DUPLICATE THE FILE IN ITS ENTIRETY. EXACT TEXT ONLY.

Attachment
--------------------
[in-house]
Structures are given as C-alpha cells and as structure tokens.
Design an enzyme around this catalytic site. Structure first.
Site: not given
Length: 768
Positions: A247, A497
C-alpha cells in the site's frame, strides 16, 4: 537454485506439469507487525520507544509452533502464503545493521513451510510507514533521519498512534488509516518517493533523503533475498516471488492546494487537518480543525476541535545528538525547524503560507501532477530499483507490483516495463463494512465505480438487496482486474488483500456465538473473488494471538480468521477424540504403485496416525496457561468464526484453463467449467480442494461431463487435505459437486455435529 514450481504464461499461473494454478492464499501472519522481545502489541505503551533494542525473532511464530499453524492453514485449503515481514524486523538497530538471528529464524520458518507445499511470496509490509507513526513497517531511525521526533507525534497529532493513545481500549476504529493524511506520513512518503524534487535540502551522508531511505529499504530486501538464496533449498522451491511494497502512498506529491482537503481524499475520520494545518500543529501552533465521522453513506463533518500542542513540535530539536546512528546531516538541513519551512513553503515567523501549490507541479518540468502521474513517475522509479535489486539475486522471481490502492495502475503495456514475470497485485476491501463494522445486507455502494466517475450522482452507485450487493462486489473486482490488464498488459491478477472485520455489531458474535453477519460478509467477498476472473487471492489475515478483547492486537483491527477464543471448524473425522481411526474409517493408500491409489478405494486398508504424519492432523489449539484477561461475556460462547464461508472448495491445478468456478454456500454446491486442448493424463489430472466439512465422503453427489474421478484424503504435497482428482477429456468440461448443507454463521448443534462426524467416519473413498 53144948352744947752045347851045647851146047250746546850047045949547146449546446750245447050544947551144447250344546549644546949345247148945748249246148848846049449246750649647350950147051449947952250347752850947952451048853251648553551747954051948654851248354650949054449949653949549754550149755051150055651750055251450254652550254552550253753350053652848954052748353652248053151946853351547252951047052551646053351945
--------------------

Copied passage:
[in-house]
Structures are given as C-alpha cells and as structure tokens.
Design an enzyme around this catalytic site. Structure first.
Site: not given
Length: 768
Positions: A247, A497
C-alpha cells in the site's frame, strides 16, 4: 537454485506439469507487525520507544509452533502464503545493521513451510510507514533521519498512534488509516518517493533523503533475498516471488492546494487537518480543525476541535545528538525547524503560507501532477530499483507490483516495463463494512465505480438487496482486474488483500456465538473473488494471538480468521477424540504403485496416525496457561468464526484453463467449467480442494461431463487435505459437486455435529 514450481504464461499461473494454478492464499501472519522481545502489541505503551533494542525473532511464530499453524492453514485449503515481514524486523538497530538471528529464524520458518507445499511470496509490509507513526513497517531511525521526533507525534497529532493513545481500549476504529493524511506520513512518503524534487535540502551522508531511505529499504530486501538464496533449498522451491511494497502512498506529491482537503481524499475520520494545518500543529501552533465521522453513506463533518500542542513540535530539536546512528546531516538541513519551512513553503515567523501549490507541479518540468502521474513517475522509479535489486539475486522471481490502492495502475503495456514475470497485485476491501463494522445486507455502494466517475450522482452507485450487493462486489473486482490488464498488459491478477472485520455489531458474535453477519460478509467477498476472473487471492489475515478483547492486537483491527477464543471448524473425522481411526474409517493408500491409489478405494486398508504424519492432523489449539484477561461475556460462547464461508472448495491445478468456478454456500454446491486442448493424463489430472466439512465422503453427489474421478484424503504435497482428482477429456468440461448443507454463521448443534462426524467416519473413498 53144948352744947752045347851045647851146047250746546850047045949547146449546446750245447050544947551144447250344546549644546949345247148945748249246148848846049449246750649647350950147051449947952250347752850947952451048853251648553551747954051948654851248354650949054449949653949549754550149755051150055651750055251450254652550254552550253753350053652848954052748353652248053151946853351547252951047052551646053351945